Researchers have sampled almost 4,000 plant species, and conclude that 22% should be classified as “threatened” – the same alarming rate as for mammals. A further 33% of species were too poorly understood to be assessed. The study, known as the Sampled Red List Index for Plants, is an attempt to provide the most accurate assessment so far. Previous studies have focused on the most threatened plants or particular regions. This one instead sampled species from each of the five main groups of plants, and its authors argue that as a result, their conclusions are more credible.

Evidence of Solar Scientists Raise Fears of Imminent Ice Age – (Suite 101 – September 23, 2010)
New study by American solar experts identifies a sharp fall in sunspot activity since 2007 that fits the hallmarks of a soon arriving ice age. Solar scientists, not to be confused with climate scientists, study the most important heat engine driving our planet’s temperatures-the sun. Since the formation of the Intergovernmental Panel on Climate Change (IPCC) in 1988 the talk has been about global warming. But 22 years on the evidence has grown to raise fears of a catastrophic climate switch in the opposite direction. We look at the evidence that is raising some very serious questions in the scientific community.

Aren’t We Clever? – (New York Times – September 18, 2010)
While American Republicans were turning climate change into a wedge issue, the Chinese Communists were turning it into a work issue. And because runaway pollution in China means wasted lives, air, water, ecosystems and money – and wasted money means fewer jobs and more political instability – China’s leaders would never go a year (like we will) without energy legislation mandating new ways to do more with less. It’s a three-for-one shot for them. By becoming more energy efficient per unit of G.D.P., China saves money, takes the lead in the next great global industry and earns credit with the world for mitigating climate change. So while America’s Republicans turned “climate change” into a four-letter word – J-O-K-E – China’s Communists also turned it into a four-letter word – J-O-B-S.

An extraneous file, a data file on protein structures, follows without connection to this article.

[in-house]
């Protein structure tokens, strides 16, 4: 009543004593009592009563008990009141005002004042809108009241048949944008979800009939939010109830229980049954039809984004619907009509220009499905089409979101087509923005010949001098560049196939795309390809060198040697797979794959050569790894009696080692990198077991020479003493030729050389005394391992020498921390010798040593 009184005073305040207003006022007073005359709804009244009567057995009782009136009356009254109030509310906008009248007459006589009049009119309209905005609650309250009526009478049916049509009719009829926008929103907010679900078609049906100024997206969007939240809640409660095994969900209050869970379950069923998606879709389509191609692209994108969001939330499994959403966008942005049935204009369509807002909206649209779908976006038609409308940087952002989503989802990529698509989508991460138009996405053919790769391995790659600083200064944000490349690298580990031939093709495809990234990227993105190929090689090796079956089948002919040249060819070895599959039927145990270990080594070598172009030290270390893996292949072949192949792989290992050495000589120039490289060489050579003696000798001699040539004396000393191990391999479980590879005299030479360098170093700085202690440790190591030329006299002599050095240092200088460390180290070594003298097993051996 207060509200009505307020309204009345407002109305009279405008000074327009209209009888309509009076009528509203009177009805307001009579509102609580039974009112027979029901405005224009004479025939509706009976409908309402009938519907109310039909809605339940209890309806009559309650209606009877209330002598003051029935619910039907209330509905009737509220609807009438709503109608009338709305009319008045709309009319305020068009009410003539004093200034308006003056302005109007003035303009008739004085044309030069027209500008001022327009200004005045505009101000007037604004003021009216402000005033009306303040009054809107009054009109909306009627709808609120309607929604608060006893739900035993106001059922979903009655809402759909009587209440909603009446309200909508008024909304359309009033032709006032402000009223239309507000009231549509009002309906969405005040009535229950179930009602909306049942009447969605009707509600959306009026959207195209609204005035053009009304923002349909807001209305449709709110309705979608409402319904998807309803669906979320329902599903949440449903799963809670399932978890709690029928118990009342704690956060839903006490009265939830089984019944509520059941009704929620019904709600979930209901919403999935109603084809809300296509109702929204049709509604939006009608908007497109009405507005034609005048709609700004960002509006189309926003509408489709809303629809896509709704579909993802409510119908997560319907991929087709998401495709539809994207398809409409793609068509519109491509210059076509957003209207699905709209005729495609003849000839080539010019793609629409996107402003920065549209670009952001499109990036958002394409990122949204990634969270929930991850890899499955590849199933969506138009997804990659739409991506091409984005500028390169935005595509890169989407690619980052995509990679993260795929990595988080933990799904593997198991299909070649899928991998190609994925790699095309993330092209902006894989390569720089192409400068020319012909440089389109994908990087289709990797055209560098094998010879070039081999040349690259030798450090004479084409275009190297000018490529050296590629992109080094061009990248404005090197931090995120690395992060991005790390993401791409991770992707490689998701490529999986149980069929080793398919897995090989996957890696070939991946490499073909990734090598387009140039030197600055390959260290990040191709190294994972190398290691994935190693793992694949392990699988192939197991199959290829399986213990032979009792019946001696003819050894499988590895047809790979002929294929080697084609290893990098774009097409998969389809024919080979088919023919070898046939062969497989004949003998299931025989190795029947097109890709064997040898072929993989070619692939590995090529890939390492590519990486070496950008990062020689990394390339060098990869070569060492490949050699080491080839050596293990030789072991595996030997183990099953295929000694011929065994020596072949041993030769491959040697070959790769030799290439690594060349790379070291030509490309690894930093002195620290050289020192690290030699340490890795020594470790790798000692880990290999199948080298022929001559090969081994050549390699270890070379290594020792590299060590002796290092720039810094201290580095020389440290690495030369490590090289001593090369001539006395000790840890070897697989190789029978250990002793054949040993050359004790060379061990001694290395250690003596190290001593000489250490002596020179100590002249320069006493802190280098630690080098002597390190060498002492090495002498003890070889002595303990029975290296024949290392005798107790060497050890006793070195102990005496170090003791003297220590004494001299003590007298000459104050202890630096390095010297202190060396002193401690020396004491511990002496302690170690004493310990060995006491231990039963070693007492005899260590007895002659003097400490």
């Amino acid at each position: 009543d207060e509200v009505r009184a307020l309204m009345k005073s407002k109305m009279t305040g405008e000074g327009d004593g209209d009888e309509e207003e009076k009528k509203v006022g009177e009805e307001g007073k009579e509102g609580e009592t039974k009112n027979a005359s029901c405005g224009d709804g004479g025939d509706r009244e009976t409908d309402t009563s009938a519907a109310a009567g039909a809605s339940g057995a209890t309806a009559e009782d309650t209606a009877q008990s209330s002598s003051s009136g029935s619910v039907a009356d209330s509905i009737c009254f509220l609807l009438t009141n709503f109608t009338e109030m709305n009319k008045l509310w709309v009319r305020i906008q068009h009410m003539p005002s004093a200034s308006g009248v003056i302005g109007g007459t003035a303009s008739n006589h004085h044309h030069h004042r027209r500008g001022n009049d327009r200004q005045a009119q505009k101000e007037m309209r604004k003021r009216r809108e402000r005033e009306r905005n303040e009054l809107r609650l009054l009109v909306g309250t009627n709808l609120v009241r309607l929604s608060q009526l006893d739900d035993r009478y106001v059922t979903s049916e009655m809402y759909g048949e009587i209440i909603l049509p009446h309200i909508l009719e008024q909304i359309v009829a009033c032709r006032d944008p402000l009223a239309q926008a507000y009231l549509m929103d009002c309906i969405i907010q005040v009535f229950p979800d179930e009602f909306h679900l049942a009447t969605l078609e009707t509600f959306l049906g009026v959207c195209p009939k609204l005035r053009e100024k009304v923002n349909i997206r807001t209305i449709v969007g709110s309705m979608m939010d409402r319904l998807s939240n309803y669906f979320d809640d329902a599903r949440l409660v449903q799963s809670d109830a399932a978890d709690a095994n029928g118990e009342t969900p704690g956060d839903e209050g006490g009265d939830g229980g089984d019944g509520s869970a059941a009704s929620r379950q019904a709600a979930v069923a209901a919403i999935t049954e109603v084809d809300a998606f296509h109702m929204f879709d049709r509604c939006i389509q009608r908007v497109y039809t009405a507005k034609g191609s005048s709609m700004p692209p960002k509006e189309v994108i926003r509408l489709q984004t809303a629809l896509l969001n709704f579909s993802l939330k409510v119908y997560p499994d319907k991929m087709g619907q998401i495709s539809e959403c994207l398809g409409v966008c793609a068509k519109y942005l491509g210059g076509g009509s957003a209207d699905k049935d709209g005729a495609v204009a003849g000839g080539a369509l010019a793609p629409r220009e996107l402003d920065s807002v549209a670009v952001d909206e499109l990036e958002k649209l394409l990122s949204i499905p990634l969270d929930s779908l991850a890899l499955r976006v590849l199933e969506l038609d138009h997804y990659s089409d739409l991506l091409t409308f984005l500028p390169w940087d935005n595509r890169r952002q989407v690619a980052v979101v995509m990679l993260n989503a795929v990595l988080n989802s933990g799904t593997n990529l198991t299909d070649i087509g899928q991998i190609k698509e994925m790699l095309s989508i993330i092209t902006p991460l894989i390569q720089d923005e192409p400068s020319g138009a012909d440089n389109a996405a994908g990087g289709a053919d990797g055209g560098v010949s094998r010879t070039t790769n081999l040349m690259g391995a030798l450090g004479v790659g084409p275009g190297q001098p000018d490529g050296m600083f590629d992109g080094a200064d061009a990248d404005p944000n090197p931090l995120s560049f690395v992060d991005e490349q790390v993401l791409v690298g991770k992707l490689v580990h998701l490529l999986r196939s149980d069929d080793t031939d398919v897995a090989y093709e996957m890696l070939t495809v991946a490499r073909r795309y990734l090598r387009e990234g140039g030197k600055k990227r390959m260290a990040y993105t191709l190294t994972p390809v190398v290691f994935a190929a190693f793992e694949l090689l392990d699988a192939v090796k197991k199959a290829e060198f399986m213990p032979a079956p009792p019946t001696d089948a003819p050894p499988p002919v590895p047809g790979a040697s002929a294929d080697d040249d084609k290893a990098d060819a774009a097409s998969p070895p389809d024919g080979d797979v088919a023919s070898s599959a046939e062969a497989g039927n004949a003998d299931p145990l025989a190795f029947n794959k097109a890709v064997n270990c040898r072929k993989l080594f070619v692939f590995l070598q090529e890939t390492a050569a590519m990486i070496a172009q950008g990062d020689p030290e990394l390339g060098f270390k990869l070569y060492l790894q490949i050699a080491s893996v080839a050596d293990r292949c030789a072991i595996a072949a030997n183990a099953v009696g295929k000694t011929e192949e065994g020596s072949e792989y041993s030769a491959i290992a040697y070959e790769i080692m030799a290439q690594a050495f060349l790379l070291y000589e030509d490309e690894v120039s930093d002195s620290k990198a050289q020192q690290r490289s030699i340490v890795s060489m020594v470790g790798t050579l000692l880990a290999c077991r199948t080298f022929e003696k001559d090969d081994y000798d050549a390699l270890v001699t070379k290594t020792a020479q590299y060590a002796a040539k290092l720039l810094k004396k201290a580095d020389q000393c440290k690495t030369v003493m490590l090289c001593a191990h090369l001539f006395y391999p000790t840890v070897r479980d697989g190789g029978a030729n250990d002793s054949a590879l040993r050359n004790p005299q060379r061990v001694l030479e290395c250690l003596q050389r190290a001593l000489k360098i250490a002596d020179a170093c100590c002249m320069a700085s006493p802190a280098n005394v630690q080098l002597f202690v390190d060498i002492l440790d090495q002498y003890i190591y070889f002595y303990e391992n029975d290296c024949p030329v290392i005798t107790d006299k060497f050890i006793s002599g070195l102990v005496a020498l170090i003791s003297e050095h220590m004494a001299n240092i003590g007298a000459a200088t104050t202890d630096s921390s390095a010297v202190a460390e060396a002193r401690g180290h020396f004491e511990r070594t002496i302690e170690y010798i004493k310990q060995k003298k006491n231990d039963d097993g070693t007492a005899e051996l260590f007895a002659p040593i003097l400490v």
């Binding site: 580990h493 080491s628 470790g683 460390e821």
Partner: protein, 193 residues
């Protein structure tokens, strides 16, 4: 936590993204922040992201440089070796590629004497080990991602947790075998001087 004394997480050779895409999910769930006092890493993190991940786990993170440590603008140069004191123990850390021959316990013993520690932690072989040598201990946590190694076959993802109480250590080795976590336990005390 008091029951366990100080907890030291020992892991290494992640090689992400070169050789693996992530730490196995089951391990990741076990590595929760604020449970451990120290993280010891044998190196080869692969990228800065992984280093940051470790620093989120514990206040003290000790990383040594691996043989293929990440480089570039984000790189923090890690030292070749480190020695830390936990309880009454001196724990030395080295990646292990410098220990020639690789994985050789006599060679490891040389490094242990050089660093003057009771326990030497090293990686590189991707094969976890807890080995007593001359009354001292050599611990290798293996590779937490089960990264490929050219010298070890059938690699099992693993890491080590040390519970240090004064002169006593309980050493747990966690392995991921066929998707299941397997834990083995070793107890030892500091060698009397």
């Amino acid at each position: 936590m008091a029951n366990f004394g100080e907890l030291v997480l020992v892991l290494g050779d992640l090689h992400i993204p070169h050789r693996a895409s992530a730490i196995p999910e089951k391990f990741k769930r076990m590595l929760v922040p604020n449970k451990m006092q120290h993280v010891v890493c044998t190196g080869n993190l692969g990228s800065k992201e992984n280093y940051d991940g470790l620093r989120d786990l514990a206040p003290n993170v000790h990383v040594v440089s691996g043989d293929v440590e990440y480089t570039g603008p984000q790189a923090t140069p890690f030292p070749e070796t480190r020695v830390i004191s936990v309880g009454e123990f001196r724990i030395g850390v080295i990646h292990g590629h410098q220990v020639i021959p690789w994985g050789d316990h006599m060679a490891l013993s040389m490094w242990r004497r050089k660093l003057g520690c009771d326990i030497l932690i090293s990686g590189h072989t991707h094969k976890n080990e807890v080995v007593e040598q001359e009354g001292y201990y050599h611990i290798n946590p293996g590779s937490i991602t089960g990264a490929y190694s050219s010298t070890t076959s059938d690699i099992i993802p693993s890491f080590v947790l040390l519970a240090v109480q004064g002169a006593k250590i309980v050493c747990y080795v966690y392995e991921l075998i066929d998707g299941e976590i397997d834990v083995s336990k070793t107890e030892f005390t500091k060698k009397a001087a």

Chernobyl Plant Life Endures Radioactivity – (BBC News – September 20, 2010)
Scientists have uncovered mechanisms that allow plants to thrive in highly radioactive environments like Chernobyl. They analyzed seeds from soybean and flax grown near the site of the Chernobyl nuclear reactor which exploded in 1986. One of the researchers speculates that such mechanisms could trace back millions of years, when early life forms were exposed to higher levels of natural radiation.

Magnetic Pole Reversal in Progress – (IQXS – September 16, 2010)
New stats on the Earth’s magnetic pole shifts show a vastly faster time sequence than was previously known. What was not mentioned was all that goes with such events. Current evidence suggests we are now approaching one of these transitional states because the main magnetic field is relatively weak and rapidly decreasing. While the last polarity reversal occurred several hundred thousand years ago, the next might come within only a few thousand years, conceivably even within our lifetime.

Rachel Sussman: The World’s Oldest Living Organisms – (TED – September, 2010)
Rachel Sussman is on a quest to celebrate the resilience of life by identifying and photographing continuous-living organisms that are 2,000 years or older, all around the world – — from 2,000-year-old brain coral off Tobago’s coast to an “underground forest” in South Africa that has lived since before the dawn of agriculture. While these organisms’ longevity dwarfs even that of human civilization, they all depend on ecosystems in fine balance – a balance thrown into question by human encroachment and climate change.

Water Use in Southwest Heads for a Day of Reckoning – (New York Times – September 27, 2010)
Barring a sudden end to the Southwest’s 11-year drought, the distribution of the river’s dwindling bounty is likely to be reordered as early as next year because the flow of water cannot keep pace with the region’s demands. For the first time, federal estimates issued in August indicate that Lake Mead, the heart of the lower Colorado basin’s water system – irrigating lettuce, onions and wheat in reclaimed corners of the Sonoran Desert, and lawns and golf courses from Las Vegas to Los Angeles – could drop below a crucial demarcation line of 1,075 feet. If it does, that will set in motion a temporary distribution plan approved in 2007 by the seven states with claims to the river and by the federal Bureau of Reclamation, and water deliveries to Arizona and Nevada would be reduced.